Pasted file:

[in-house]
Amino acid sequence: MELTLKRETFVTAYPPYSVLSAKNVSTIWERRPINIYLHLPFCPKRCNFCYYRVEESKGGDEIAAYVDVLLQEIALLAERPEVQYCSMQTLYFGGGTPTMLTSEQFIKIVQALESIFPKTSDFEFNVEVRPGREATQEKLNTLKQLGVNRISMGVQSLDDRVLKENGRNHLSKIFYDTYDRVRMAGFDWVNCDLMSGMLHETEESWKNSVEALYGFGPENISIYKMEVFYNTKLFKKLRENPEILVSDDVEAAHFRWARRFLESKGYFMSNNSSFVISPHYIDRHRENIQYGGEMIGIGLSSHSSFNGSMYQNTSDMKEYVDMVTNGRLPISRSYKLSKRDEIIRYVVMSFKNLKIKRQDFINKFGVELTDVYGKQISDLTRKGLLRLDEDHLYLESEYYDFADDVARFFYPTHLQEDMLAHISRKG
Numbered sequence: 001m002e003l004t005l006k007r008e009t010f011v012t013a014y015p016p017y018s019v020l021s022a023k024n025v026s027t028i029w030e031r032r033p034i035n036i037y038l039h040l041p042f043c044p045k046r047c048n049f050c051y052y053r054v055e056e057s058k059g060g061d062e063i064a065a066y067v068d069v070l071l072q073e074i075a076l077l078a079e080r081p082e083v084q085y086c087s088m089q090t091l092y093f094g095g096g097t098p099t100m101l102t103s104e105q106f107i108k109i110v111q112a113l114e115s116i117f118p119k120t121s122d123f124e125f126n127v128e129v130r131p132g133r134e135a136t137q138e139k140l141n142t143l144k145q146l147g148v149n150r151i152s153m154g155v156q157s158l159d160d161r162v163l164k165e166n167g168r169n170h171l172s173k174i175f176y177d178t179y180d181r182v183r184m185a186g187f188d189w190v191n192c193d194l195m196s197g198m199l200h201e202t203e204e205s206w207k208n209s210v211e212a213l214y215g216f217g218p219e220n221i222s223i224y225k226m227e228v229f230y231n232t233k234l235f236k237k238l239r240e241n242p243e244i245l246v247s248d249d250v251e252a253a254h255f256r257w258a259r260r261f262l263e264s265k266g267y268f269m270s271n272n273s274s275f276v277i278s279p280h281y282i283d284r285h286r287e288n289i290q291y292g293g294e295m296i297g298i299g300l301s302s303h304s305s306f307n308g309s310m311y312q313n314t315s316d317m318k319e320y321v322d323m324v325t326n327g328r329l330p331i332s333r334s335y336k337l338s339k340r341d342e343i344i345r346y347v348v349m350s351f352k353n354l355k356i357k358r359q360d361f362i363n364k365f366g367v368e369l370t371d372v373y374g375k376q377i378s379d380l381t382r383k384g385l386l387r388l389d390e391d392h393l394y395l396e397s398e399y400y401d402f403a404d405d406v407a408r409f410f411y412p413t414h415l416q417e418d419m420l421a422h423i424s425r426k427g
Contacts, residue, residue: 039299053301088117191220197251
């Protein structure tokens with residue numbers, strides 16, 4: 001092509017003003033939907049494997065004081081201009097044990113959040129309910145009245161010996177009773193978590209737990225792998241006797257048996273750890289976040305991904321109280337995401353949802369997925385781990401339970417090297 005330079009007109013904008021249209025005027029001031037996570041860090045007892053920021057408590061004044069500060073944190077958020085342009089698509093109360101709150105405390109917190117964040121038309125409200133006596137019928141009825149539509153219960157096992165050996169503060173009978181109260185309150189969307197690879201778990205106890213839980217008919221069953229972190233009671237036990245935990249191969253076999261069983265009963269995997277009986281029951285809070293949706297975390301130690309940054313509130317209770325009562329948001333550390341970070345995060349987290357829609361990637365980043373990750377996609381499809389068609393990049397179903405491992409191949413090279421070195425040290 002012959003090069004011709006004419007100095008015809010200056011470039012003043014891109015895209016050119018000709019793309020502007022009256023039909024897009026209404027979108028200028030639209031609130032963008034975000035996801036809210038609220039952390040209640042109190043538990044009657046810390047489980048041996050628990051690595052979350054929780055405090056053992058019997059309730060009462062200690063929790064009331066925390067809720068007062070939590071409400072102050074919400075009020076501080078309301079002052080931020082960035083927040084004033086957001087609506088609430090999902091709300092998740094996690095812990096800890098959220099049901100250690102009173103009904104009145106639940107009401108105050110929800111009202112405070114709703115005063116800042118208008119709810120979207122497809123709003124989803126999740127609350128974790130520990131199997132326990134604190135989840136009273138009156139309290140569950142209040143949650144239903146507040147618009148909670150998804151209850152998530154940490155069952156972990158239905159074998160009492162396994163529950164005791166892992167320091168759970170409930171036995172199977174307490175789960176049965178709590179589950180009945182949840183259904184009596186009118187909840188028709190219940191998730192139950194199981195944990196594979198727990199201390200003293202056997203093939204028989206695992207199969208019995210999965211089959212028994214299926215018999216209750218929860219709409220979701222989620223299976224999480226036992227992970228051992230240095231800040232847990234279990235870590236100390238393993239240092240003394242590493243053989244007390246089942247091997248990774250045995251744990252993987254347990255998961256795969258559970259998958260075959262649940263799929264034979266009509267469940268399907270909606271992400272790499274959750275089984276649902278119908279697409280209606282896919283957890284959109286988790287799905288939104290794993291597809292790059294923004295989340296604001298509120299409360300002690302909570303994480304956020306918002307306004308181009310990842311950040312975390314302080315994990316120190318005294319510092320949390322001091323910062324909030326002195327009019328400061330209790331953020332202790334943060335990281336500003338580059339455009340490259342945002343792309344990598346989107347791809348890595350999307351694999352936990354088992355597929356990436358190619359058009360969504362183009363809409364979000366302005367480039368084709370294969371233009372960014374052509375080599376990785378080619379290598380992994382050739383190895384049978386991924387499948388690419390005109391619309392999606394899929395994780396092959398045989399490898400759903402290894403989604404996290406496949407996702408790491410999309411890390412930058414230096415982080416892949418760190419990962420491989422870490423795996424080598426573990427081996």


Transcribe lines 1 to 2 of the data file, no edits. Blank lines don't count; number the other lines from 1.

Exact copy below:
[in-house]
Amino acid sequence: MELTLKRETFVTAYPPYSVLSAKNVSTIWERRPINIYLHLPFCPKRCNFCYYRVEESKGGDEIAAYVDVLLQEIALLAERPEVQYCSMQTLYFGGGTPTMLTSEQFIKIVQALESIFPKTSDFEFNVEVRPGREATQEKLNTLKQLGVNRISMGVQSLDDRVLKENGRNHLSKIFYDTYDRVRMAGFDWVNCDLMSGMLHETEESWKNSVEALYGFGPENISIYKMEVFYNTKLFKKLRENPEILVSDDVEAAHFRWARRFLESKGYFMSNNSSFVISPHYIDRHRENIQYGGEMIGIGLSSHSSFNGSMYQNTSDMKEYVDMVTNGRLPISRSYKLSKRDEIIRYVVMSFKNLKIKRQDFINKFGVELTDVYGKQISDLTRKGLLRLDEDHLYLESEYYDFADDVARFFYPTHLQEDMLAHISRKG